Dying in at Rockefeller Center. Photo by © Erik Mcgregor/Pacific Press/ZUMA
The "staggering moron" in the White House is at it again, noticing it's cold outside and witlessly tweeting, "What the hell is going on with Global Waming (sic). Please come back fast, we need you.” His gob-smacking idiocy prompted the usual freakouts: They ranged from scientists and others with functional brains patiently explaining one more time that weather isn't climate; to less-than-patient people tearing out their hair while ranting that if you have a sandwich for lunch that doesn't mean there's no world hunger and requesting their climate change with a hamberder and covfefe to go and trying to explain reality with the analogy of a Russian prostitute peeing on you with pee that goes from warm to cold.
Another helpful antidote to our "virus of stupidity" was this week-end's first American action by the U.K.-based Extinction Rebellion - "Rebel For Life" - which uses protests and civil disobedience to urge world leaders to address climate change; to date, it has reportedly spawned over 200 global satellite groups. After five weeks of organizing, Extinction Rebellion NYC marked its American debut with a rowdy march down Fifth Avenue that stopped at Trump Tower and featured now-extinct golden toad head gear and the Rev. Billy and his Stop Shopping Choir singing, "There are only so many beautiful days left!" The march culminated in a die-in at Rockefeller Center's skating rink, with bodies forming the group's hour-glass logo - a reminder that time is running out.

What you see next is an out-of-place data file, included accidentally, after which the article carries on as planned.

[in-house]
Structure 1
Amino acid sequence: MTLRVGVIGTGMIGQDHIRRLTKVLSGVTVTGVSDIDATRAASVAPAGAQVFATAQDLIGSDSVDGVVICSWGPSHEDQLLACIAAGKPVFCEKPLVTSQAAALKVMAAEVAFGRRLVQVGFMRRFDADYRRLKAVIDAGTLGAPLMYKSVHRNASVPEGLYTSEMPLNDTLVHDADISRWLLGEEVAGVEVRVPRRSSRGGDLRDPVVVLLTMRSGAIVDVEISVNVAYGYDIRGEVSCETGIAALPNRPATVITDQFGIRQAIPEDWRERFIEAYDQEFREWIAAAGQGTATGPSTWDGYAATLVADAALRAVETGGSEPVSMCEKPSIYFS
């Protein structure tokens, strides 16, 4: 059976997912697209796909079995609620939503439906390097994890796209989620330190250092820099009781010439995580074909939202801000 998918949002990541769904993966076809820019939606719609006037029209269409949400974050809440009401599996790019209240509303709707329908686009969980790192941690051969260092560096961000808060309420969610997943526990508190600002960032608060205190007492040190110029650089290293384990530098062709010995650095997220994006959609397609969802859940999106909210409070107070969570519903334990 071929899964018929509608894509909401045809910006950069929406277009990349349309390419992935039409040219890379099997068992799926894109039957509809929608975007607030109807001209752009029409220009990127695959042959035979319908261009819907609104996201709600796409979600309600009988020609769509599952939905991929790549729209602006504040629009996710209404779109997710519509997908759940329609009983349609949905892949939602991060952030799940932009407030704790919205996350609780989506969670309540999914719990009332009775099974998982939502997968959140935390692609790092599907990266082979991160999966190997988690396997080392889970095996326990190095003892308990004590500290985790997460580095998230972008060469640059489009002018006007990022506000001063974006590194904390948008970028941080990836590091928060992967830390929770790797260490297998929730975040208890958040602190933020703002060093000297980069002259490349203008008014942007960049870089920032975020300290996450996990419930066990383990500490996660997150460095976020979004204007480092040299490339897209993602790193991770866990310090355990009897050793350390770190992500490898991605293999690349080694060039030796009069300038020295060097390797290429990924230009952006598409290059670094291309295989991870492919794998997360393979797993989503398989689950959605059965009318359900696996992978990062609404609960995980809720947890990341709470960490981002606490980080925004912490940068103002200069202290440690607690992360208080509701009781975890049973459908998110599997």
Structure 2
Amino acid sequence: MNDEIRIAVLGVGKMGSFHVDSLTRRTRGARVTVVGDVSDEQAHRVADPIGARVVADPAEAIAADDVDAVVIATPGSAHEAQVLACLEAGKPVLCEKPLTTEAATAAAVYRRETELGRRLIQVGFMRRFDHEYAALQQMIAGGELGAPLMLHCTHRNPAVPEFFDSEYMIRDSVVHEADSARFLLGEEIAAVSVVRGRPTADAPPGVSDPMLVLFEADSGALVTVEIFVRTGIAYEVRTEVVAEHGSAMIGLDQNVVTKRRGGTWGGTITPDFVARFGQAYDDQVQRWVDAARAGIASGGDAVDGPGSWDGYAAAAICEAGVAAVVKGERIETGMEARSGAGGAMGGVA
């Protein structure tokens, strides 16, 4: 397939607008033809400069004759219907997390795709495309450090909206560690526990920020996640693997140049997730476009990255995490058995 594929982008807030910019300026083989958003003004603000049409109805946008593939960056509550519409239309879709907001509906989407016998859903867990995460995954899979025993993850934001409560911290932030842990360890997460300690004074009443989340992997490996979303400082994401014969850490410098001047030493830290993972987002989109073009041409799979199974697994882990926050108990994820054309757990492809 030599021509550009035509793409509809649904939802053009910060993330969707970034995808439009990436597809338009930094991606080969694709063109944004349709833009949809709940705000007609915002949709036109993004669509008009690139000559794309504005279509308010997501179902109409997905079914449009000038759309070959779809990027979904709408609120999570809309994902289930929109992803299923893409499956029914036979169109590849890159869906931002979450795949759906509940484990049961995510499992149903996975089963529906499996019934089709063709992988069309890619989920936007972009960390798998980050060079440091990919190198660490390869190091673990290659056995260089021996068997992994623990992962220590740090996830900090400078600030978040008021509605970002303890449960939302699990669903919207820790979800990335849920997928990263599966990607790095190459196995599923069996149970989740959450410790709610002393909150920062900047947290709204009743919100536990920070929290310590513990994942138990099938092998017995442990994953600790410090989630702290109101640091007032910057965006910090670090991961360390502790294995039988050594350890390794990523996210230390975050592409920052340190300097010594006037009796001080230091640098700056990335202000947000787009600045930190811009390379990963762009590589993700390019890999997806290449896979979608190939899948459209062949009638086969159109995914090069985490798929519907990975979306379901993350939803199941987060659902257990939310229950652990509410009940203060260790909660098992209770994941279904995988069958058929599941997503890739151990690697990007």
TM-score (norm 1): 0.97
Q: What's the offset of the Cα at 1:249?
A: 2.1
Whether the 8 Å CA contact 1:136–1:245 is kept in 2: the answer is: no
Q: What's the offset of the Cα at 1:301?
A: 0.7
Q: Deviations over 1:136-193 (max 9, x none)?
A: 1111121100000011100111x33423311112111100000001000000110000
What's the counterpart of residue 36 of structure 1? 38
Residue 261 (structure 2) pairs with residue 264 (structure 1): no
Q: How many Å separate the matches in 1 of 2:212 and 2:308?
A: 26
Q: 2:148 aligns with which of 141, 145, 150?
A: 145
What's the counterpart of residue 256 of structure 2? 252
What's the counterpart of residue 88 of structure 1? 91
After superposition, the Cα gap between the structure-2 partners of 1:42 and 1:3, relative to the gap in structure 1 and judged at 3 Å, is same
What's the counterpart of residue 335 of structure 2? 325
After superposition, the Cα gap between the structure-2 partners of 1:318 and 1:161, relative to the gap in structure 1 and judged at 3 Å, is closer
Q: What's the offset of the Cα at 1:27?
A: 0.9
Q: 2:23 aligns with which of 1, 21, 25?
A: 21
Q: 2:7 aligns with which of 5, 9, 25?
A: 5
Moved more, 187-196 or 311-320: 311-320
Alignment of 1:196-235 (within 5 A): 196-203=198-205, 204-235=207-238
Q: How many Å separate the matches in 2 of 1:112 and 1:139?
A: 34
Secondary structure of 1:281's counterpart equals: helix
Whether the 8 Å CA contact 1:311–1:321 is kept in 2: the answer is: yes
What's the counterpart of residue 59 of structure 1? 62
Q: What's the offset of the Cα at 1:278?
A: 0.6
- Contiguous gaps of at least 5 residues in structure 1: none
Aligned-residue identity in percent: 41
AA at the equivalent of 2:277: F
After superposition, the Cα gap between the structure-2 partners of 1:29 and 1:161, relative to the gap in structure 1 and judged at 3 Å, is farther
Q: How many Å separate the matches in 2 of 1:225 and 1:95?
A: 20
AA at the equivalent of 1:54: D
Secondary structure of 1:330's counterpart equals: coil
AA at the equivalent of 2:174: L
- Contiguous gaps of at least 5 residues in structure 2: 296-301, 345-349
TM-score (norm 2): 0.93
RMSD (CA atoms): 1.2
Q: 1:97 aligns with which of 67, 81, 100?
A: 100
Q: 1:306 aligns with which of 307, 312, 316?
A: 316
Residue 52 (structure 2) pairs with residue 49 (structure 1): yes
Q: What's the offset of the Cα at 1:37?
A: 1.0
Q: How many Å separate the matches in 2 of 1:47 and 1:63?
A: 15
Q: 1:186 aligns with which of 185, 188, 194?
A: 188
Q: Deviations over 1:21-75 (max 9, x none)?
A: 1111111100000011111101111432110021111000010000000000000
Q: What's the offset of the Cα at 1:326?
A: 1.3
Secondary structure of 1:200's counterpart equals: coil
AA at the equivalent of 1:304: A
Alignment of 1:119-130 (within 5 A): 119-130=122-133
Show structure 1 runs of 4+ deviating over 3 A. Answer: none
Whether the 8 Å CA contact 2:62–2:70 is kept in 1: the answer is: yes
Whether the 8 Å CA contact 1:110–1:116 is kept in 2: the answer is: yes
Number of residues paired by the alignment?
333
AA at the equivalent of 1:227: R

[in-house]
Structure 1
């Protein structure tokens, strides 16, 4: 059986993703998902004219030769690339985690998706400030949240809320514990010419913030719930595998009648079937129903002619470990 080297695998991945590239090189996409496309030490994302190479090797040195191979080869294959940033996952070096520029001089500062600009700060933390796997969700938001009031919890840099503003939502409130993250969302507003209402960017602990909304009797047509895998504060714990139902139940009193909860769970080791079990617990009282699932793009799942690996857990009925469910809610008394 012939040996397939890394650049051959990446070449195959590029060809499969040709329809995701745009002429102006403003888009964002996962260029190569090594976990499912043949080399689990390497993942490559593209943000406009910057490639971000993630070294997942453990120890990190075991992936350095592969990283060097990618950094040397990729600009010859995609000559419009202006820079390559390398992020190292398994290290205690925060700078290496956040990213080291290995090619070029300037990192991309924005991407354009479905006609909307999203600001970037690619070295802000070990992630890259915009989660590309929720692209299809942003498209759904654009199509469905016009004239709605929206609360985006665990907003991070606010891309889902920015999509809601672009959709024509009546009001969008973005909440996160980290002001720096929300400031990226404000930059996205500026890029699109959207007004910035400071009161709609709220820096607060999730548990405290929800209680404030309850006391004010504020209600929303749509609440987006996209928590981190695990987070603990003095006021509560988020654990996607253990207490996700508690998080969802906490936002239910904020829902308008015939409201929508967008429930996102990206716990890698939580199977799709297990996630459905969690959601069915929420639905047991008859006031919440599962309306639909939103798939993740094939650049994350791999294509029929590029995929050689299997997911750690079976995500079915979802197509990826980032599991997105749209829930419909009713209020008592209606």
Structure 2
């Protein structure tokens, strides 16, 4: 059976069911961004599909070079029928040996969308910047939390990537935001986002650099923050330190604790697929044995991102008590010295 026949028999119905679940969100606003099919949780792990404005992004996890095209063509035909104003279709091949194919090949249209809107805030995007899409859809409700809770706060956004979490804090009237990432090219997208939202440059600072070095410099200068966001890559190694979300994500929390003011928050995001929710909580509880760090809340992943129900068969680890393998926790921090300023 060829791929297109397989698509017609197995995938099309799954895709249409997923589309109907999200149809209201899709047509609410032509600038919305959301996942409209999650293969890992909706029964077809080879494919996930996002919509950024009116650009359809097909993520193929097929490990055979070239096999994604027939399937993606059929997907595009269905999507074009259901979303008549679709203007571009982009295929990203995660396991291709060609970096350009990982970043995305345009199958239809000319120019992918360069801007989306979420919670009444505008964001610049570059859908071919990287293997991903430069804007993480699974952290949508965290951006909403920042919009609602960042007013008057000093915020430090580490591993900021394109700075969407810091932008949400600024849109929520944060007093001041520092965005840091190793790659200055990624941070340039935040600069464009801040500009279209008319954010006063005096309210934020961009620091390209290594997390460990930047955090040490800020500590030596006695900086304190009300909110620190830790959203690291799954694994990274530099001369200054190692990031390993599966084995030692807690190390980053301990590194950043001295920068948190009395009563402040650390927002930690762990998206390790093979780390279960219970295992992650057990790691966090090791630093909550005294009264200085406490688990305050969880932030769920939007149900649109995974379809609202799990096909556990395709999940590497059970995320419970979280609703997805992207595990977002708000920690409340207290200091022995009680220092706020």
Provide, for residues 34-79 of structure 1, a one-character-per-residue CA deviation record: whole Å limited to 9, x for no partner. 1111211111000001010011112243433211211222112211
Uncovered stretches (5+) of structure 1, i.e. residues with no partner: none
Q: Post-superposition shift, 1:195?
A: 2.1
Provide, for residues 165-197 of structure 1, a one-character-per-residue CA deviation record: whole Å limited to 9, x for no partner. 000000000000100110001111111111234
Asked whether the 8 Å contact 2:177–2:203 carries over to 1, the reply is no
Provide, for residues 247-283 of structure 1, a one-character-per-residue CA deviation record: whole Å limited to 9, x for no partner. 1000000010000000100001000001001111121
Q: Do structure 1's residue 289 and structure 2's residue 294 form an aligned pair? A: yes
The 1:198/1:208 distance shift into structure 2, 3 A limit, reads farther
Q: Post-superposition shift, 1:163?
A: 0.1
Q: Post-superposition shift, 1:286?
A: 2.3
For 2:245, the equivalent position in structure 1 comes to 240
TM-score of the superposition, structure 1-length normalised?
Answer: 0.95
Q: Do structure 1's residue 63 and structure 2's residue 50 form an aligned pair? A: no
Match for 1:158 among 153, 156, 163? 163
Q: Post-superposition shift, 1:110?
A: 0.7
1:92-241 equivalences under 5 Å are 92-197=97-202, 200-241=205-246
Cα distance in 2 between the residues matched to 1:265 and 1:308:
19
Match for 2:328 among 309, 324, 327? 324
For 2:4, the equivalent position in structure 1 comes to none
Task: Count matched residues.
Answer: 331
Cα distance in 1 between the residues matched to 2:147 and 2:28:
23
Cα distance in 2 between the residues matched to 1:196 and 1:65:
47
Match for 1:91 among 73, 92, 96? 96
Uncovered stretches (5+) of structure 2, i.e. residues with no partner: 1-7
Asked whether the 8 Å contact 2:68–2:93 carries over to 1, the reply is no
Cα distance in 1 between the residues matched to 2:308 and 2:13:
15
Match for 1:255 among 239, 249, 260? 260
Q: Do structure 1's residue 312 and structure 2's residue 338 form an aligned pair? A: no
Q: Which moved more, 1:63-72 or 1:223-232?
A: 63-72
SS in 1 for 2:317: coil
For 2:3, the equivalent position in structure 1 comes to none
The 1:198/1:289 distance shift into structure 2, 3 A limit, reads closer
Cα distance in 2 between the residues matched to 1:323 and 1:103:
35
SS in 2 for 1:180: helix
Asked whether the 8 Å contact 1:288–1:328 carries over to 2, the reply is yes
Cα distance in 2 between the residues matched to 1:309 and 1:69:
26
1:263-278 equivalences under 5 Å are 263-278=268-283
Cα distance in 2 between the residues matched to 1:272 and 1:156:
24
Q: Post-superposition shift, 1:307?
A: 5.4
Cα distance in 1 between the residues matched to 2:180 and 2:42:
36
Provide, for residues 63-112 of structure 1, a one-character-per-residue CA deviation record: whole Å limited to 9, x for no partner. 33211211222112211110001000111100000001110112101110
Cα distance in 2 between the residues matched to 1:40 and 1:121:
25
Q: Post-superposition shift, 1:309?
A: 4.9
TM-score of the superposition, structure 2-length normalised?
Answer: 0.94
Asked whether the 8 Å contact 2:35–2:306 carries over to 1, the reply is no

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Organizers saw the event, dubbed "Rebellion Day 1," as part of the build-up to an international week of action in April, a sort of American launch for what they hope will be chapters across the country. Ultimately, they hope to "provoke an uprising on a scale that’s never been seen before in the U.S., a national coordinated economic and government disruption" that will continue until leaders address the climate change emergency. "This is not a one-off march," they say. "We will keep going for as long as we have to." From one Oregon organizer, “We are all going to die, and we need to shout it from the rooftops.”
Earlier, organizers asked the several hundred protesters to divide into groups willing or not willing to be arrested. Police ultimately arrested nine people; they charged eight with disorderly conduct and one, organizer Gregory Schwedock, with reckless endangerment after he scaled the rink's golden Prometheus statue to hang a banner. Historically, Schwedock argues, any successful movement for change requires only three-and-a-half percent of the population to take to the streets. When it comes to the severity of the climate change crisis, he adds, the science speaks for itself. "We are so far behind," he says. "We are so fucked.”